She considered sharing with these young women that she always knew she was on the verge of invention at the precise moment when originality felt impossible. That instead of surrendering to despair, she would needle in and out and through her brain until an idea surfaced — naked, stripped of predictability and familiarity. That this process often required her to sing a phrase over and over for hours until the syllables carved their own unique melody out of hollow air. She was certain that the reiteration planted the words in her vocal chords so that when she sang them, they carried the imprint of her body. By embedding herself into her song, she muted any risk of passing off mimicry as art. Why wasn’t fully committing to creation more desirable than observing what everyone else was doing and doing the same?

But defending the sanctity of originality to strangers at an art exhibit would make her seem like an egomaniac. And no one listens to a cocksure woman.

Reading Group Guide

The Subtweet Discussion Questions

  1. Neela thinks, “No one listens to a cocksure woman.” How did you respond to her confidence? Do you think you would respond differently if she were a man? Can you think of positive representations of confident women in pop culture?
  2. The Subtweet is an intertextual book, with song lyrics, tweets, emails, texts, critical theory, and news stories. How did these other kinds of communication affect your reading? How do you approach them differently in real life?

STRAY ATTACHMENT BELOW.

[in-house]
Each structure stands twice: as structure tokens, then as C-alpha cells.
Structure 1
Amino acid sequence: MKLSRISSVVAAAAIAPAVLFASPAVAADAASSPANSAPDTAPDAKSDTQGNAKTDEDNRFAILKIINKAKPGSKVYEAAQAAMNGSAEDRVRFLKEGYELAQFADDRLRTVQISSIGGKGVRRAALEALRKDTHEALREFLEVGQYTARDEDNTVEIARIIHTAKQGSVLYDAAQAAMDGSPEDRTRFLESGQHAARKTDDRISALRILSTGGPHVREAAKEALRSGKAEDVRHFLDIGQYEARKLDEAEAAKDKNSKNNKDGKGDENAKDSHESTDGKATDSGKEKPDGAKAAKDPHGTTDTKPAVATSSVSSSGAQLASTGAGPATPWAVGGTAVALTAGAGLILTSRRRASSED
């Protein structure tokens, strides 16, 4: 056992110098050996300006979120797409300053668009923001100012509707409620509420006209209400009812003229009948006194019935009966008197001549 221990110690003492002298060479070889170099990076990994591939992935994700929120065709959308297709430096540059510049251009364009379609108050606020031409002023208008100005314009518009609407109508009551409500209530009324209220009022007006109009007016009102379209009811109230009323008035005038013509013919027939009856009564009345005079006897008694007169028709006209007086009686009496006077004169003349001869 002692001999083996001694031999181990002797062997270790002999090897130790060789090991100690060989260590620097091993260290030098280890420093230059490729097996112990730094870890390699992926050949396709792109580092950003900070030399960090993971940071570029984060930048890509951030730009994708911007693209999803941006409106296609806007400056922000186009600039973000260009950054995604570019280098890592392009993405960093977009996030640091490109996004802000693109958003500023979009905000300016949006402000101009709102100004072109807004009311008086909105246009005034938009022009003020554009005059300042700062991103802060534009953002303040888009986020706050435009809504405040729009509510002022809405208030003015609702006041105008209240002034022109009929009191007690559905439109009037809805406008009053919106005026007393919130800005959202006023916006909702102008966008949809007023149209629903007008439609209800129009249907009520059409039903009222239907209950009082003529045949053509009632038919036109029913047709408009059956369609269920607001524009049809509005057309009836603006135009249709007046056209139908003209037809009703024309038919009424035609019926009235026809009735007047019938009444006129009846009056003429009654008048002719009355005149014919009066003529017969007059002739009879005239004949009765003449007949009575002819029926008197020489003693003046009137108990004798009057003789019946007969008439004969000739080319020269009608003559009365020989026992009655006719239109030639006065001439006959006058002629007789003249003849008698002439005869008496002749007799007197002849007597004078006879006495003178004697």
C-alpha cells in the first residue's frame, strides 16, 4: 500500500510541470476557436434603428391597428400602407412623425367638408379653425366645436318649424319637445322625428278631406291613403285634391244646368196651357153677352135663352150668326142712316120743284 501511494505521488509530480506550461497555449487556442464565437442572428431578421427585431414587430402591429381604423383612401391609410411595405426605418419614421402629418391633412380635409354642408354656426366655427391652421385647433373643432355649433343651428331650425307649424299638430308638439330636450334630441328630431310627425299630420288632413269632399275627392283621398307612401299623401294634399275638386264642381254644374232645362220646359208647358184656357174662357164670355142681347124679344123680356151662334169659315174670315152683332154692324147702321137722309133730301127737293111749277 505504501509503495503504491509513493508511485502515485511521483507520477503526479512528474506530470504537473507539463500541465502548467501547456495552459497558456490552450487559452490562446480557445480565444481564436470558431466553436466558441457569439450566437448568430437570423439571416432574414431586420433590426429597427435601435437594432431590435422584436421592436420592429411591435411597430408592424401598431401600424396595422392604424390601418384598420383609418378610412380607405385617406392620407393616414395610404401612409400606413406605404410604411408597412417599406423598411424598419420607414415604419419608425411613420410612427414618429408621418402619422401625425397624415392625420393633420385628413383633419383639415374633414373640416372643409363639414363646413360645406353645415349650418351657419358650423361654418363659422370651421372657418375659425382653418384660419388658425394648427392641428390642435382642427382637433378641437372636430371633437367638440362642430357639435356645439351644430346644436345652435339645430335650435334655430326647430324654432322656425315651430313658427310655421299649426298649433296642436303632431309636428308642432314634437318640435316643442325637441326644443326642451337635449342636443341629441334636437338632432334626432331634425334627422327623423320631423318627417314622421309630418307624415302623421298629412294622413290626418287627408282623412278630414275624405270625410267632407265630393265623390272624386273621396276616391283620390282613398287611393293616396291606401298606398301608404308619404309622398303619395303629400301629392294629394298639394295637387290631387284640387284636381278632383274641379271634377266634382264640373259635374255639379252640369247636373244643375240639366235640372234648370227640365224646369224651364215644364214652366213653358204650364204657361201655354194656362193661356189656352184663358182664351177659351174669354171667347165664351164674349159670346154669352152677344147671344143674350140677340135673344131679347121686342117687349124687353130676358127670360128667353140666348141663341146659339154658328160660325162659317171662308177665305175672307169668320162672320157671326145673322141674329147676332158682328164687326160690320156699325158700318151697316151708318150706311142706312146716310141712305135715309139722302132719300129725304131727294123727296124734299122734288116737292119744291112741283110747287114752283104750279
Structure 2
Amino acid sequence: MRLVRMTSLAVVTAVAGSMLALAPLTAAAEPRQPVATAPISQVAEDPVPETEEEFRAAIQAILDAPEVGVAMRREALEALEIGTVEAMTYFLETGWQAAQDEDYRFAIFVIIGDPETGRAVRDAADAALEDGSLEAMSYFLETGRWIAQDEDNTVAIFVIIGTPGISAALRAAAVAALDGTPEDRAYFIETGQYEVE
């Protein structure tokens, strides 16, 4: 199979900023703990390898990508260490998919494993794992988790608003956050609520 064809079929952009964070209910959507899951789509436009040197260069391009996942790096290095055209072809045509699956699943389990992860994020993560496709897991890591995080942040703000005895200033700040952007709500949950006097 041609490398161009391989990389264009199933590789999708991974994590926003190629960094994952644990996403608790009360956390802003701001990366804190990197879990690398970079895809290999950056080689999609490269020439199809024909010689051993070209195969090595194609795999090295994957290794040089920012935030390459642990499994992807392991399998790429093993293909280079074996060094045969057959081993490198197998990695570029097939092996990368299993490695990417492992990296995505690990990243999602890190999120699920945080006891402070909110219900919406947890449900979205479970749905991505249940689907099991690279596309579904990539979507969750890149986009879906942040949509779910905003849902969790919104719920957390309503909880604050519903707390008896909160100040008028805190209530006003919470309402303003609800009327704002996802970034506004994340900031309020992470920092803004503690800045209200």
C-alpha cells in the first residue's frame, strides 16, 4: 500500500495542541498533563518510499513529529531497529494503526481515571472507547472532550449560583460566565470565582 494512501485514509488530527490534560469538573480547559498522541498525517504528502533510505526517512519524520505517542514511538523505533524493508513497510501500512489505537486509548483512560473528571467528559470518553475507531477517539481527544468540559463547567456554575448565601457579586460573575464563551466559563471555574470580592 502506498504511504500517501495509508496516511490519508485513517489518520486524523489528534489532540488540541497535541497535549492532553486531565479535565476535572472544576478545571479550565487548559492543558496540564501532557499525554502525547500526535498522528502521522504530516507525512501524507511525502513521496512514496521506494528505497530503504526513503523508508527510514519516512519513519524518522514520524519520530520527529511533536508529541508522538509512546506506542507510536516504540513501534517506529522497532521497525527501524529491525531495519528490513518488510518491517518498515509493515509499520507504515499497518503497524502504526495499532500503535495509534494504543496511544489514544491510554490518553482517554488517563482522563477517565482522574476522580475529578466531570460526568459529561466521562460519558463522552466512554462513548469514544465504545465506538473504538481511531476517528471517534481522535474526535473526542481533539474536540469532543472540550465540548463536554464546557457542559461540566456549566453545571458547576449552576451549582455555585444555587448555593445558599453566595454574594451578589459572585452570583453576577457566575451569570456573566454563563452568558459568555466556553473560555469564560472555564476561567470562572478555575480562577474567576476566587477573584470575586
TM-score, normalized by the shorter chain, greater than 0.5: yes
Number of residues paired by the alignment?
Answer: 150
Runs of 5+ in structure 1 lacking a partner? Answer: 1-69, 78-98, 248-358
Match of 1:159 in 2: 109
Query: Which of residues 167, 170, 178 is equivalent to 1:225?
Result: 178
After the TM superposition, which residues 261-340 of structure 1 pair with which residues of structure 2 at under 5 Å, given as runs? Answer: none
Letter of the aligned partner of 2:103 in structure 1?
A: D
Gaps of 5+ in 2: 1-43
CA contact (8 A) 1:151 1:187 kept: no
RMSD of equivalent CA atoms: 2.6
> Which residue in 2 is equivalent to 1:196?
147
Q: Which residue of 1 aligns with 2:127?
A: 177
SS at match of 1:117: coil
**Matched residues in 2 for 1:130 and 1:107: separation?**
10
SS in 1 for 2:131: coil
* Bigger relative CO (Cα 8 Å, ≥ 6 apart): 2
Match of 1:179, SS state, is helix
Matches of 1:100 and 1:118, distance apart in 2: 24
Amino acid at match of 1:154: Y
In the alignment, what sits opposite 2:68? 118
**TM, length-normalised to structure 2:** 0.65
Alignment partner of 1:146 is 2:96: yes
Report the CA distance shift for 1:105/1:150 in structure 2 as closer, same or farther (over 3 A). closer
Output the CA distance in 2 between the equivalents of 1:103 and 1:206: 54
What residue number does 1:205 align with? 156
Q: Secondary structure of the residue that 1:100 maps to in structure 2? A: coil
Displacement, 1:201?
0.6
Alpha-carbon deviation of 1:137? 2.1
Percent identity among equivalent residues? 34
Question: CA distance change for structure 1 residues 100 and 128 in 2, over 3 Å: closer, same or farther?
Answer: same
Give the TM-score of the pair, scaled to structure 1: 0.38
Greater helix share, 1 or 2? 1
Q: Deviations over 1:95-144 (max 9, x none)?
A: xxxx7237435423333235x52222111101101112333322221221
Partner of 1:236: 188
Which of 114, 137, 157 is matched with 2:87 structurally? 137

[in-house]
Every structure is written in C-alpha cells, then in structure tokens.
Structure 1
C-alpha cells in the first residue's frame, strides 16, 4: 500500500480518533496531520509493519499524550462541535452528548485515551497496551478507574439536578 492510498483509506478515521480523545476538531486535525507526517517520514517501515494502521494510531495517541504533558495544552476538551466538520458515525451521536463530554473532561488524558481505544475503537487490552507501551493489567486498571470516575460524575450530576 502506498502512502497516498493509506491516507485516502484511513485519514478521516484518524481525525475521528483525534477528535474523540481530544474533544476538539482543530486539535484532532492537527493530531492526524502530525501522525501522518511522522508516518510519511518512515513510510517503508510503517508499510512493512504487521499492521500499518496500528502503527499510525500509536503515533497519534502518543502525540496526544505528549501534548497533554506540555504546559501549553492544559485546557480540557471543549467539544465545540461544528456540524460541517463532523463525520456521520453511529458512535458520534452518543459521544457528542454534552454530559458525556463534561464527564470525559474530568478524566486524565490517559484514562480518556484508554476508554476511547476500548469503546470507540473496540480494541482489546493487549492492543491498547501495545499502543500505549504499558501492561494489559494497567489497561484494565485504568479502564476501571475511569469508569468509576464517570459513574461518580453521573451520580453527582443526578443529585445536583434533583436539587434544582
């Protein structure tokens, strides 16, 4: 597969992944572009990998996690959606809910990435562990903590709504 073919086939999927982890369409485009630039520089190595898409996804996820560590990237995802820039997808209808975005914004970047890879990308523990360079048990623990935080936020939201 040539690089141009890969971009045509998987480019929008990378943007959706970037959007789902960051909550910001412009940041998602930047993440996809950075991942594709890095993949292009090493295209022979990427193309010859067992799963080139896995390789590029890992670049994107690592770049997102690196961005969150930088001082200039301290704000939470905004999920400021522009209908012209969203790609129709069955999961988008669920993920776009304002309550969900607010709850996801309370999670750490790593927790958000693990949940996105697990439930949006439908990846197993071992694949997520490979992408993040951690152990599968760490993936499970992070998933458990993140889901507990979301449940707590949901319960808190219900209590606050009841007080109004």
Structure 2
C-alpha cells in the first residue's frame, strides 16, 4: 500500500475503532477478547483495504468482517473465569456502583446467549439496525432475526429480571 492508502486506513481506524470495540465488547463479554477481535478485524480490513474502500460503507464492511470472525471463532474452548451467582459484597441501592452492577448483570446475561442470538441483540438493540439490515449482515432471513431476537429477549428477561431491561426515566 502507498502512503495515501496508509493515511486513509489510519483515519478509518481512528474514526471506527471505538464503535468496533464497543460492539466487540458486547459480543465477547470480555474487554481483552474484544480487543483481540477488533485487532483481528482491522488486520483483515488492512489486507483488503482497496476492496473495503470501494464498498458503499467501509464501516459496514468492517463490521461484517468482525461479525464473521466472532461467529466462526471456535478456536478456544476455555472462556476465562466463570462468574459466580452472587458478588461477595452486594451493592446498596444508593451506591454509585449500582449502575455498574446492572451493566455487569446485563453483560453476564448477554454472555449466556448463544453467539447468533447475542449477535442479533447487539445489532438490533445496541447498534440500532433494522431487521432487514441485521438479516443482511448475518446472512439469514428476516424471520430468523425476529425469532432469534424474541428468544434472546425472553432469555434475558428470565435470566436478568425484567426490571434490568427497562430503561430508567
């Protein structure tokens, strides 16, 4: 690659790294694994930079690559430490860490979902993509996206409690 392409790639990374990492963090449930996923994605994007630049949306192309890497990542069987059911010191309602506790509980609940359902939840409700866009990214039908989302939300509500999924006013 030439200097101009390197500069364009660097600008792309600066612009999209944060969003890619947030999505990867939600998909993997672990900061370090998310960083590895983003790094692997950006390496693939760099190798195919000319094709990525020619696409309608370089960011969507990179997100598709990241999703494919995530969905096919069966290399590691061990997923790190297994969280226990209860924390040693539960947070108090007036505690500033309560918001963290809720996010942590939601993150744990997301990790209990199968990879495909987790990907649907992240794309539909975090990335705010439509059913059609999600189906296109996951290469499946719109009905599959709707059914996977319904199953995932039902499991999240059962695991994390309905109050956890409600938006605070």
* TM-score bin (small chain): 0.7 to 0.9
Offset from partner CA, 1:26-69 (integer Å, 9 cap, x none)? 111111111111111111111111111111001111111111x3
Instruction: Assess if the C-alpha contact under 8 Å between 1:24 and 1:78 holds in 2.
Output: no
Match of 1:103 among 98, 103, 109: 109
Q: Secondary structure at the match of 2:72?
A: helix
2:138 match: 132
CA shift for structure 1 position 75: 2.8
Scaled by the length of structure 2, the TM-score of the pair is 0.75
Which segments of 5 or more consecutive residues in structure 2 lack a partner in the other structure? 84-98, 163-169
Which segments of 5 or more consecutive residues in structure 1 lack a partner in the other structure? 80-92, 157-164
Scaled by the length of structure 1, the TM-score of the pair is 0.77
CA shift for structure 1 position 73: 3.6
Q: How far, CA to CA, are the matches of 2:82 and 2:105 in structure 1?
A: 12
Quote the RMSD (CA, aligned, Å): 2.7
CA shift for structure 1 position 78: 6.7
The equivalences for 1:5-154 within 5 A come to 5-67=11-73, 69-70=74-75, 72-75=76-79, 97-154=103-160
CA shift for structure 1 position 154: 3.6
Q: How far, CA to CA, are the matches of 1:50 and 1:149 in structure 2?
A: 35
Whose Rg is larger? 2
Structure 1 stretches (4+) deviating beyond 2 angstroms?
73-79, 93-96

3. There are very few men and white people in The Subtweet , and the few who do appear are satirized. Why do you think the author made this choice, and how did it affect your reading of the book?
  4. Are cover songs art? How should we acknowledge various creators who contributed to a work? Whose labour is often overlooked in the creation of a song or a book? Is that labour art?
  5. Most of the book switches between two narrators. What useful perspective does this give you? How does it make you see events differently? In the book’s third section, the narrator shifts to first person. What did you think of this switch?
  6. What do you think this book says about call-out culture? What has been your experience of call-out culture? Where can it be beneficial and where can it be harmful?
  7. The Subtweet contains both a desire to be seen and a fear of it. How does social media intensify this? Is being seen riskier for some people than for others?
  8. The Subtweet is a book without romantic relationships. In what ways is Neela and Rukmini’s friendship like a romance? Can you think of other novels without any romantic relationships whatsoever? When Neela creates Selfhood is she experiencing romance with herself?
  9. Sumi remains unapologetic about her article and claims she simply reported the facts. Do you agree with her? Do you think she’s being completely honest with herself?
  10. What do you think of Neela and Kasi’s performance of “Wanting” at the end of the novel? How does it tie in the other women?
  11. Why do you think the author chose not to bring back Rukmini after the subtweet? Do you think Neela and Rukmini ever reconcile?
  12. Subaltern Speaks’s song “Wanting” contains the line “wanting is dangerous.” Why is wanting dangerous? Is it more dangerous for women, for people of colour?
  13. Consider the epigraph: how does capitalism affect the events of the story?
  14. What’s more important: the creation of art of the interpretation of art? How important is the audience?